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2023 Charged Up


The Velociraptor was built in 8 weeks from the first week of January to early March of 2023. The team had 11 students, more than doubling in size from the previous year. In the St. Louis Regional, we placed 31st out of 43 teams. Although we did not rank as high as we had hoped, we learned valuable lessons for future seasons.

Game Description

In the 2023 challenge, CHARGED UP, the time period consisted of a 15 second autonomous period, and then 2 minutes and 15 seconds of teleoperated (Human controlled) period, including the final 30 seconds, referred to as Endgame. There were two main goals for the 2023 challenge: place the game pieces onto the nodes and dock / engage with the charge station. Whichever alliance had the most points at the end won.


This season, we decided to go with a 6-wheel drop-center tank drivetrain.The reason for it was because we wanted to have enough torque to be able to climb on top of a lexan-covered ramp inclined at an 11-degree angle. Doing so would allow us to score more points during each match. To achieve the amount of torque required to drive a 100+ lb robot up the ramp, we used 4 brushless 12V motors driving two toughbox mini gearboxes geared with a 8.45:1 ratio, giving us the desired amount of torque to meet our needs while still retaining a very significant amount of speed.


The turntable was designed so that the arm could be rotated horizontally. It was especially useful because we used tank drive, so the turntable enabled the robot to adjust its angle of picking and placing without rotating the entire robot. Originally we wanted to use it to pick up from behind the robot, but the way we designed it meant that it would have been difficult to route the wires to be able to handle so much rotation. It ended up being able to rotate around 135 degrees in each direction from the front. However, in competition we mostly used it for minor rotation from the front to place game pieces. The mechanism was chain driven by a Neo motor with a 60:1 gear ratio. It rotated on a Lazy Susan, which was sandwiched with a tiny gap between two aluminum pieces machined by Seyer Industries in order to protect the Lazy Susan itself.


The arm, a major component of the robot, rested on a rotating turntable and could extend out to reach the highest nodes. The vertical movement was chain driven by a neo motor with a 60:1 gearbox and a 3:1 additional gearing from the sprockets we used. As we were talking about designs, we quickly realized that to get to the highest nodes we would have to extend. We thought about many options such as repurposing a climber extension or using a scissor mechanism, but ended up deciding on a lead screw to power it. The structure of the arm itself was made of aluminum custom machined for us by Seyer Industries. Though many parts of our robot broke, this was one of the most consistent and reliable parts of our robot, and we had minimal issues with the main portion of it (excluding the extension mechanism).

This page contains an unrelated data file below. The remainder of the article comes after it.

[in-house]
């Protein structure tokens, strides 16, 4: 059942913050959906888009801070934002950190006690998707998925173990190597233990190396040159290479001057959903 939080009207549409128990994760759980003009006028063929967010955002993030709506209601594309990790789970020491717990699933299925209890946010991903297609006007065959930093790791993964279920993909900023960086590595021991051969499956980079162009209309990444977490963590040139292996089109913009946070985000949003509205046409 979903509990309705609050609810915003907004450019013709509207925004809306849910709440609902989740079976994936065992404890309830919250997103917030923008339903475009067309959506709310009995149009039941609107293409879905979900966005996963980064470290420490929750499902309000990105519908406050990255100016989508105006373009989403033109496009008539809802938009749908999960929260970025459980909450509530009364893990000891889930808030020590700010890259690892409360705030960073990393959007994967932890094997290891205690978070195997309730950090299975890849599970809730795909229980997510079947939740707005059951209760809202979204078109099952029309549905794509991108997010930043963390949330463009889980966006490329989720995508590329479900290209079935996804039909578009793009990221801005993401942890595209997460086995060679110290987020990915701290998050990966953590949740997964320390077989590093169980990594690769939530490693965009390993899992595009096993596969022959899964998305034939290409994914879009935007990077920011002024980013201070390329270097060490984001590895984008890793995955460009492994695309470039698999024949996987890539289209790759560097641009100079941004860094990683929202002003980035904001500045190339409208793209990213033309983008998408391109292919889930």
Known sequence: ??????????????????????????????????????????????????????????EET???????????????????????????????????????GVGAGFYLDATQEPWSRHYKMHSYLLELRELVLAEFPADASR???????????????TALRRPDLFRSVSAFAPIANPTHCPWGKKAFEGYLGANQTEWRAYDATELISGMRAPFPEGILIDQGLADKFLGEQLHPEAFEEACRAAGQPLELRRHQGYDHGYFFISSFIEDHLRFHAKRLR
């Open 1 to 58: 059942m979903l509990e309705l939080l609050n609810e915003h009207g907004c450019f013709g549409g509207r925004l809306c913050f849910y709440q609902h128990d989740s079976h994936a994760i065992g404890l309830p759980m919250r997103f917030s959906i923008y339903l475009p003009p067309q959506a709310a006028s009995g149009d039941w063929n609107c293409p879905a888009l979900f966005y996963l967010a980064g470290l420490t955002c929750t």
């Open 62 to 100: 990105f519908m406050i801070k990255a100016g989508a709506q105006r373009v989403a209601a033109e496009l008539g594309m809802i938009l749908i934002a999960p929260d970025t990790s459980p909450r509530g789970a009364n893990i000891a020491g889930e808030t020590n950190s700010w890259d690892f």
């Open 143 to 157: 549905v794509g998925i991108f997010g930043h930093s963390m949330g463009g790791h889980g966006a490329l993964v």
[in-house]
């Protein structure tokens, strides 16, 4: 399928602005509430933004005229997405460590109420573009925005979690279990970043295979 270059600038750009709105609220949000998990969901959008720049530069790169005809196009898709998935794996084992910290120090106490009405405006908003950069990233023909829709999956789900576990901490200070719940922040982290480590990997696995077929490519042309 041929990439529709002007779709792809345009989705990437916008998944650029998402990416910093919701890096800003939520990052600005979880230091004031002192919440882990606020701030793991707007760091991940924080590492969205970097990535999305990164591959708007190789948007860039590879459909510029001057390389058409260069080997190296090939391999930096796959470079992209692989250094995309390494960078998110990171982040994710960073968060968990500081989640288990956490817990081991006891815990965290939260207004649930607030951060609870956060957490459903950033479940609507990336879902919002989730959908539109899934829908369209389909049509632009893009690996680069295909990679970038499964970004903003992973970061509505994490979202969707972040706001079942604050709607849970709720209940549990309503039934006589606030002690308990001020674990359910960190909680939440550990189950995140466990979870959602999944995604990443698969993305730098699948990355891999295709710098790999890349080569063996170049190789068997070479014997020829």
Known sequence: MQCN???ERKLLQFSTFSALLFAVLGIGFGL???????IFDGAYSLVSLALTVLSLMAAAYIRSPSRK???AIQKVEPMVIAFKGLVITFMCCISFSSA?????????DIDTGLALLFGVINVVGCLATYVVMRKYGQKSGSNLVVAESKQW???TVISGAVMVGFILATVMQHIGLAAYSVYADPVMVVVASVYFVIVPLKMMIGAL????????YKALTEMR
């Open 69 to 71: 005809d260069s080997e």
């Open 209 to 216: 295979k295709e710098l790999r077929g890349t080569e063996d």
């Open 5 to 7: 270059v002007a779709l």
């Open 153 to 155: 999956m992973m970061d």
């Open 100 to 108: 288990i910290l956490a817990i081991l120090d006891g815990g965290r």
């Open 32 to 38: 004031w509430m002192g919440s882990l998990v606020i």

This year, for our grabber, we chose to go with a simple yet effective design. The grabber was built with 3 pieces of 1x1 inch lightweight aluminum box tubing connected together with 90-degree angle gussets. It had rivets securing all of it together where one side would be stationary while the other side would move, thus giving us a very strong yet rather lightweight design. To give us the gripping force required to compress the cones, we went with a 12:1 planetary gearbox mounted to the output shaft of a brushless motor. The output shaft of the gearbox was connected to a 3D-printed shaft adapter, which was then mounted inside one of the aluminum arms creating a one-sided grabber which could grab and hold both cubes and cones.


For the 2023 season, we made several improvements to our programming and electronics. We used newer motor controllers, which enabled us to use position and velocity controls for our motors. That made autonomous easier to program, because we could use distances to control the path of the robot. We also added cameras this year. We displayed the camera feed on the driver station, and we used it for vision based driving. There were targets on the field that the camera could recognize, which we used to find our position. We used them for tracking distances in auto mode and for lining up to place game pieces.

Public Documents

CAD Files